Louisiana’s roads suck. We have known this for decades, but now there is growing desire to fix them. Well at least to raise more money in the name of fixing them.
Right now, Governor John Bel Edwards plans on calling for a 23 cent gas tax hike. The current gas tax in the state is 20 cents. The Edwards administration points out that the gas tax has not been raised since 1989 and that inflation has eaten away at the purchasing power of those 20 cents.
But House Transportation Committee Chairman Kenny Havard (R-St. Francisville) balked at raising the gas tax in a recent interview with the trucking trade publication Transport Topics. But he also wants some additional revenue for roads.
From Transport Topics:
Rep. Kenny Havard, the chairman of Louisiana’s House Transportation Committee, will have a big voice in how much, if any, new money Wilson gets.
“I commend the Governor and Secretary Wilson for talking about the issue,” Havard told Transport Topics. “Before, no one really wanted to talk about it. We’re hearing the truth. We know what the numbers are. We have a 20-cent gas tax now. To ask people to pay another 23 cents is a stretch. In Louisiana, we have a trust issue because for the last 20 years we haven’t used our transportation dollars only for transportation. People just don’t trust that we’ll put the money where we say it’s going. The need is tremendous, but we need other options other than just a [fuel] tax [hike]. I’ve asked my staff to look at a gross receipts tax on every gallon that’s produced at refineries.”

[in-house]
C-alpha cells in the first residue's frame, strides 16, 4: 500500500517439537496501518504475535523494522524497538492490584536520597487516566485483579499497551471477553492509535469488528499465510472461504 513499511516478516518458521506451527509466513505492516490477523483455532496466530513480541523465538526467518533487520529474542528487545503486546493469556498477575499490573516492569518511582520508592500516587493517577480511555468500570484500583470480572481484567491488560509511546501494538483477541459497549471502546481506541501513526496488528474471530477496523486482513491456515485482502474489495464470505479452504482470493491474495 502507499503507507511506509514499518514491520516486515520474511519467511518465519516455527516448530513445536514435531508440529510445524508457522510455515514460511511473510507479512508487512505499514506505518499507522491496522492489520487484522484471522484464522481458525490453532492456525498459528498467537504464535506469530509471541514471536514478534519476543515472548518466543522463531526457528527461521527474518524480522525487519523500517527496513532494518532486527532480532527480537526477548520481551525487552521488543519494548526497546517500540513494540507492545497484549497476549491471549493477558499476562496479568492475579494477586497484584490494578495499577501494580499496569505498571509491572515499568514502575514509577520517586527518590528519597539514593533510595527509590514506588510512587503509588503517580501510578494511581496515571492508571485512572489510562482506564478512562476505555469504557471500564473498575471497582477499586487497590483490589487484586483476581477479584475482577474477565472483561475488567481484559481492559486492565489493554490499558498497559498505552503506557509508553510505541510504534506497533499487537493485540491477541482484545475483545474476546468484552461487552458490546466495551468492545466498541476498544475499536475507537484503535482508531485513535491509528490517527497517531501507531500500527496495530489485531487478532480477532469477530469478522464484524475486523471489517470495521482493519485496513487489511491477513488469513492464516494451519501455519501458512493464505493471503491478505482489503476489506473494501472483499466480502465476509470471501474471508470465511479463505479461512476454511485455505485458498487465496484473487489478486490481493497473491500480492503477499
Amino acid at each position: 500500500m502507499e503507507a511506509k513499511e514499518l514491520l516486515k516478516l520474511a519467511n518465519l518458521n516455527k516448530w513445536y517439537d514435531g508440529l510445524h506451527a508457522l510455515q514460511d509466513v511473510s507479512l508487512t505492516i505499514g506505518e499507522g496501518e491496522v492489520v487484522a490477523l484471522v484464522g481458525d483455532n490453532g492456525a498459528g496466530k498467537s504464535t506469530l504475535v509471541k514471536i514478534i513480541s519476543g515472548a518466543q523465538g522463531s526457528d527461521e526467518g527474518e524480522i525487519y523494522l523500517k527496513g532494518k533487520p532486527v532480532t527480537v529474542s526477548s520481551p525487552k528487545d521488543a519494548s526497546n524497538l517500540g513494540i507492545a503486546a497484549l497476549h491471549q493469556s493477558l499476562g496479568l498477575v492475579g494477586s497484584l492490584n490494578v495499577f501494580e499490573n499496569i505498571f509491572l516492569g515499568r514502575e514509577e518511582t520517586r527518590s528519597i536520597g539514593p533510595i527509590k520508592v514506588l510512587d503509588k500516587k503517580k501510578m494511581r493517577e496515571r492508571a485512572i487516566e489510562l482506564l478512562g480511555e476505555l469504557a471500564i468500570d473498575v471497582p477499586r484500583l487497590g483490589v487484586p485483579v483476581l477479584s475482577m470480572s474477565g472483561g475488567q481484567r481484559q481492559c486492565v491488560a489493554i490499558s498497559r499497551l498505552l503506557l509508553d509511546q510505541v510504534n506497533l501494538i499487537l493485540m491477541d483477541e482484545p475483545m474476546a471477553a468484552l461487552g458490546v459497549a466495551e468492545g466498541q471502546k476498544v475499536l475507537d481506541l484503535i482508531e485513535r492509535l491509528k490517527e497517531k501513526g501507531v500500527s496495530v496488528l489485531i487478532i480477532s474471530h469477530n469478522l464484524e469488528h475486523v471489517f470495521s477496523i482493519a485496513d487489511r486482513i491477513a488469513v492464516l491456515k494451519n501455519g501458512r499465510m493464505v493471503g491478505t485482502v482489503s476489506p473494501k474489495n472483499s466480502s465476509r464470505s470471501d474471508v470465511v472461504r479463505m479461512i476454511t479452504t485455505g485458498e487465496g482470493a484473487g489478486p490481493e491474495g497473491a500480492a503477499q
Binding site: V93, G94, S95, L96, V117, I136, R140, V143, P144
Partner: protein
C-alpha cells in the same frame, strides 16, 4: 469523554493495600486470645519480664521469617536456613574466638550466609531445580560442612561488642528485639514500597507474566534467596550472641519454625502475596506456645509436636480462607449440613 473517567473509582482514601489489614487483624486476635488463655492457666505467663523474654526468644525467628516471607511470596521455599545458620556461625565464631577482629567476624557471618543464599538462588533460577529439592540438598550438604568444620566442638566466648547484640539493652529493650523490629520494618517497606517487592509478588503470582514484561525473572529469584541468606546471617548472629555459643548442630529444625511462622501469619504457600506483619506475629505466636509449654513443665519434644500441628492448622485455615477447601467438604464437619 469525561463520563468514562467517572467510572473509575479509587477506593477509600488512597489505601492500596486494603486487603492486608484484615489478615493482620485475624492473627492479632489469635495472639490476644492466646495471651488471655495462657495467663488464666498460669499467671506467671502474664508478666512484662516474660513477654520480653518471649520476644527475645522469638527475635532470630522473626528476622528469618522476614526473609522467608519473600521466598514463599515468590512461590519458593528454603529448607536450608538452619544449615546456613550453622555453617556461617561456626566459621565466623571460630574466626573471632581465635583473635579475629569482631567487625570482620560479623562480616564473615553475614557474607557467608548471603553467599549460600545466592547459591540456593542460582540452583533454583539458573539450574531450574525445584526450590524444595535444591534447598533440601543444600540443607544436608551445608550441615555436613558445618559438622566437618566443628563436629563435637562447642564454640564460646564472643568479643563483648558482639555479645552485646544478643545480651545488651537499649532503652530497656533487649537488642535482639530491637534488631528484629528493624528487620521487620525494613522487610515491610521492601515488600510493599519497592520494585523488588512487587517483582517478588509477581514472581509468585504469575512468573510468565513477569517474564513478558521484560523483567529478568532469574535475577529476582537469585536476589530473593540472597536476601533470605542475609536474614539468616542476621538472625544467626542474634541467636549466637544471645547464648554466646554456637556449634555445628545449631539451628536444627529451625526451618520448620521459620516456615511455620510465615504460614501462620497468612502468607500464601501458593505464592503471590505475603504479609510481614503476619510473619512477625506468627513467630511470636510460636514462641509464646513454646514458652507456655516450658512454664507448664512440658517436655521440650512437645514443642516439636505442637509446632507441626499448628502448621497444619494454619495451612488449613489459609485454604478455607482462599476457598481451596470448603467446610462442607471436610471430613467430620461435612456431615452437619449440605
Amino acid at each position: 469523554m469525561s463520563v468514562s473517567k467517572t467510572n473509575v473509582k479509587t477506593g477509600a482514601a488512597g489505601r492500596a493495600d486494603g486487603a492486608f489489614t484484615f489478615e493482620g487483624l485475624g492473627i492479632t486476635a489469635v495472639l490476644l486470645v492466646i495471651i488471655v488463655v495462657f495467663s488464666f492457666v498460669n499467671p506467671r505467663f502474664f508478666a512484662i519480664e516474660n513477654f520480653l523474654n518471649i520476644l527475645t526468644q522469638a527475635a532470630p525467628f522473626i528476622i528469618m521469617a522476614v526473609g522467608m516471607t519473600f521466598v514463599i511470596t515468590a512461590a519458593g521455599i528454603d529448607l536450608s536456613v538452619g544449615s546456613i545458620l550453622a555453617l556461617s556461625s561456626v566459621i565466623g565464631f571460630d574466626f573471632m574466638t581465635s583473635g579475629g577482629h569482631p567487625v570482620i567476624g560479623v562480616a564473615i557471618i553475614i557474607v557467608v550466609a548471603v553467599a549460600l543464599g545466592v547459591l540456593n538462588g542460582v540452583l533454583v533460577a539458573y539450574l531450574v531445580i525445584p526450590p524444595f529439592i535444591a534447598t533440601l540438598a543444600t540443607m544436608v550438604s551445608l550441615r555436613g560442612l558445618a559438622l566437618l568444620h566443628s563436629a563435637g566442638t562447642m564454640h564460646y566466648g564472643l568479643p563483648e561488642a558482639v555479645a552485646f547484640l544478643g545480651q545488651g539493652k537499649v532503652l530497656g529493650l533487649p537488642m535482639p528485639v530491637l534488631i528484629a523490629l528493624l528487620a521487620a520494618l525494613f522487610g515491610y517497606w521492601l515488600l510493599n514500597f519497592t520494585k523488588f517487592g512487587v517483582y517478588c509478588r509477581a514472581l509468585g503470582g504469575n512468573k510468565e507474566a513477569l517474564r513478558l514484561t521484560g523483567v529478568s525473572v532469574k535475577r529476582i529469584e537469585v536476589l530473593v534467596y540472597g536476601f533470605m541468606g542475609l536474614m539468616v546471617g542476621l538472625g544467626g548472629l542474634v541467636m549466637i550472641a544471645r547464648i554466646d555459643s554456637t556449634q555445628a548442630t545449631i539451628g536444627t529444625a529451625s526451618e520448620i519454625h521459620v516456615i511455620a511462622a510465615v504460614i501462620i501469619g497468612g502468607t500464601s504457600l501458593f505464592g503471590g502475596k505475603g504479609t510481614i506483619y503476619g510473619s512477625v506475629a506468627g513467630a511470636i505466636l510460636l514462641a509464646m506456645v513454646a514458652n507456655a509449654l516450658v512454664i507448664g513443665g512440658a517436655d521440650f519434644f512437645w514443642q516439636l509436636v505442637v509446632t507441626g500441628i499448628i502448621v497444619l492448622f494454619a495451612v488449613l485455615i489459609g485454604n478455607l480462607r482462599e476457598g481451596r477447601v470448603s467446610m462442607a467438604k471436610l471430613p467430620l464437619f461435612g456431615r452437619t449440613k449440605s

Havard wants to tax the man behind the tree in the time-honored Louisiana tradition. But Louisiana drivers who would pay higher gasoline prices in the long-run because those refineries have to recover the increased costs of the gross receipts tax. Plus, refineries can decide to start shifting operations to other states which would cost Louisiana workers their jobs.
Havard’s idea is a silly one that will do economic damage to Louisiana if it is enacted.
If the state wants to raise revenue for roads, a gas tax increase is probably the better way to go. What the Legislature should do is decrease other taxes by the same amount they want to raise through a higher gas tax so it won’t harm Louisiana families too much.